This past week, Minnesota Attorney General Lori Swanson filed separate lawsuits against five Internet lenders that made loans to cash-strapped Minnesota borrowers that were marketed as providing “cash between paydays,” but that contained unlawfully high annual interest rates of up to 782% percent and that were often illegally extended from paycheck to paycheck, trapping the borrower in a cycle of expensive debt. The Attorney General warned Minnesotans against taking out loans over the Internet from unlicensed lenders, citing a growing list of complaints to her office from consumers who have done business with such companies.
“Many people are living paycheck to paycheck right now, and unlicensed Internet lenders offer easy credit. This credit comes with a hefty price tag and often leaves a rash of problems in its wake,” said Attorney General Swanson.
The Internet payday loan industry is estimated to have a total loan volume of $10.8 billion in 2010. Attorney General Swanson said that, in recent months, consumers who have taken out or even just explored the option of short term loans from unlicensed Internet companies have experienced the following types of problems:
- High interest rates. Minnesota law caps the interest that licensed lenders may charge. Unlicensed Internet payday lenders regularly violate these caps, charging annual interest rates of up to 782 percent.
- Auto-extensions. A 2009 Minnesota law prohibits a short-term lender from extending payday loans of less than $350 for over 30 days and from using the proceeds of one payday loan to pay off another. Online lenders routinely violate these laws by either extending the loan and withdrawing only interest charges or by “rolling over” the loan, paying off the old loan with the proceeds from the new loan. These practices can turn a payday loan–advertised as a short-term financial fix–into a long-term financial nightmare where borrowers pay far more in interest than they intended to borrow.
- Unauthorized withdrawals. When consumers take out an online loan, they must provide their banking and personal information. Some consumers report that unlicensed lenders made unauthorized withdrawals from their accounts, sometimes of hundreds of dollars.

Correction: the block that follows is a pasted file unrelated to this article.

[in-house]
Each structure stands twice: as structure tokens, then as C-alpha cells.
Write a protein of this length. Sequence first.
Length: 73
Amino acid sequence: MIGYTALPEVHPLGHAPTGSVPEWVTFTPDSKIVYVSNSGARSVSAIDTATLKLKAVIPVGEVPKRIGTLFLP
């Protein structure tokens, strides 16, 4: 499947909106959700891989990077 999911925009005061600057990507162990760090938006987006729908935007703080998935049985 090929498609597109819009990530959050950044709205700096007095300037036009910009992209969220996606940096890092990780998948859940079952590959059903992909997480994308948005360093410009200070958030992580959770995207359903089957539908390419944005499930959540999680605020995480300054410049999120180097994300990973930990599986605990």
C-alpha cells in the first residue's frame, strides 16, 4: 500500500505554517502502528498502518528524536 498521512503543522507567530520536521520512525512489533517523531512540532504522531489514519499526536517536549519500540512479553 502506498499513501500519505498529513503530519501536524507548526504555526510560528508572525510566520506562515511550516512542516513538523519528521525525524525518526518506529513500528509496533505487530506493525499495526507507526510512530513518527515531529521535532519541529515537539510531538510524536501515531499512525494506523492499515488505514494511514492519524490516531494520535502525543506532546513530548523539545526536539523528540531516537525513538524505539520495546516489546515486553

- Unlawful debt collection tactics. Consumers report that some online lenders and their collectors use illegal debt collection tactics, such as threatening that the consumer will be taken to jail and prosecuted for a financial crime, or attempting to illegally garnish their paycheck.
- Phony collection scam. Some consumers who did not even take out a payday loan, but who only explored the option online, report being hounded by overseas scam artists who threaten to have them arrested if they do not pay, even though the consumer does not owe any money. These scam artists contact the consumers, often impersonating attorneys or law enforcement, demand large payments, and frequently attempt to scare or intimidate consumers into paying with threats of arrest or legal action against them or their families.
The five companies against which the lawsuits were filed are:
- Flobridge Group, LLC of Utah, which touted its loans as “cash flow ‘til payday” and “a little emergency money…to get you to your next payday.”
- Integrity Advance of Delaware, which advertised its loans as a way “to get a cash advance until your next paycheck” and that its loans are “designed as a short-term cash flow solution.”
- Silver Leaf Management of Utah, which states that its loans “provide you with emergency cash…”
- Sure Advance, LLC of Delaware, which represents that its payday loans “are not intended to meet long-term financial needs.”
- Upfront Payday of Utah, which states that online payday loans offer “cash when you need it most … usually between paydays!”
The lawsuits allege that the loans have high rates of interest and other finance charges that violate Minnesota law, making it difficult for consumers to pay down the principal. The lawsuits allege that the companies sometimes unlawfully “extend” or “refinance” the payday loans far beyond the consumer’s next payday, trapping the consumer into high interest payments over an extended period of time. The lawsuits also allege that the companies violated Minnesota law by making loans to Minnesotans without being properly licensed by the Minnesota Department of Commerce. The companies sued each charged interest rates of about 782 percent on a two week loan. The interest spirals when the loan is not paid back in two weeks.
Under Minnesota law, for loans less than $350, Minnesota law caps the fees that may be charged on a sliding scale as follows: $5.50 for loans up to $50; 10 percent plus a $5 fee on loans between $50 and $100; 7 percent (minimum of $10) plus a $5 fee on loans between $100 and $250; and 6 percent (minimum of $17.50) plus $5 fee on loans between $250 and $350. For loans between $350 and $1,000, payday lenders cannot charge more than 33 percent annual interest plus a $25 administrative fee. – Source